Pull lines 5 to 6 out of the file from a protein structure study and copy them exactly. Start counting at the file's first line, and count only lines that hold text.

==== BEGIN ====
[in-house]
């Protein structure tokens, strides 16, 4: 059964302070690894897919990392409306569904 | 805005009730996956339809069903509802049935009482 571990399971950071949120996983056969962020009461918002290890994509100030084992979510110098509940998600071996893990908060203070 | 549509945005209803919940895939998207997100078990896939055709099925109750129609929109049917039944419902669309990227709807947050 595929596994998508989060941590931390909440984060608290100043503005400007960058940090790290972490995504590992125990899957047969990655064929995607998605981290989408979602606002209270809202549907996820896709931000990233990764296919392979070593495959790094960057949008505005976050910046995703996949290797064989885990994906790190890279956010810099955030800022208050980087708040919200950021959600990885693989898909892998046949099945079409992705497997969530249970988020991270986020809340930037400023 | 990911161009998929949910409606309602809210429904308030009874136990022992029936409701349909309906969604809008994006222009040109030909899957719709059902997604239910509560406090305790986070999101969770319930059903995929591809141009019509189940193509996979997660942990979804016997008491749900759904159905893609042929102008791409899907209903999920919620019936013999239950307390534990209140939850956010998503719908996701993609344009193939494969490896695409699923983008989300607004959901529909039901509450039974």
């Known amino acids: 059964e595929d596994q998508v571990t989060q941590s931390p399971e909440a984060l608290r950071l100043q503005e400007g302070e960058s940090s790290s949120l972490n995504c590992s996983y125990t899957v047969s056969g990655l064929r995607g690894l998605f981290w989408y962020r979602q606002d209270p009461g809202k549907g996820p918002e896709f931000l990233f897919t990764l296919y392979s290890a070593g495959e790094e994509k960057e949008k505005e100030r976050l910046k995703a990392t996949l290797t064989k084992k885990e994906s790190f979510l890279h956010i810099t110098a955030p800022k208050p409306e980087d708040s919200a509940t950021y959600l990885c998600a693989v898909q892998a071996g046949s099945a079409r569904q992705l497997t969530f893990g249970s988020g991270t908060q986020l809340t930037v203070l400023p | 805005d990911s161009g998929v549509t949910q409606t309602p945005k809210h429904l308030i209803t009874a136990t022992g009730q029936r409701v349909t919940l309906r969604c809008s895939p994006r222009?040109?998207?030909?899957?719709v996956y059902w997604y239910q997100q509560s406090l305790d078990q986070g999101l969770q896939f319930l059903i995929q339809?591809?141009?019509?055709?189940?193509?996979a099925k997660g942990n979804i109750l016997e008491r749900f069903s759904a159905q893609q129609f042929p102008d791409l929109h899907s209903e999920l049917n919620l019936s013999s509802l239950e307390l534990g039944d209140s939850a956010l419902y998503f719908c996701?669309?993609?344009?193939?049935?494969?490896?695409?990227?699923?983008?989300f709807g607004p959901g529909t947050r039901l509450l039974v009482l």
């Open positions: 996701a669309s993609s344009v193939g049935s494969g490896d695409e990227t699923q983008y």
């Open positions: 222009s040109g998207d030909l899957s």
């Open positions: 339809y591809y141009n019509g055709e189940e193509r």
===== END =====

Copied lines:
């Open positions: 222009s040109g998207d030909l899957s």
């Open positions: 339809y591809y141009n019509g055709e189940e193509r």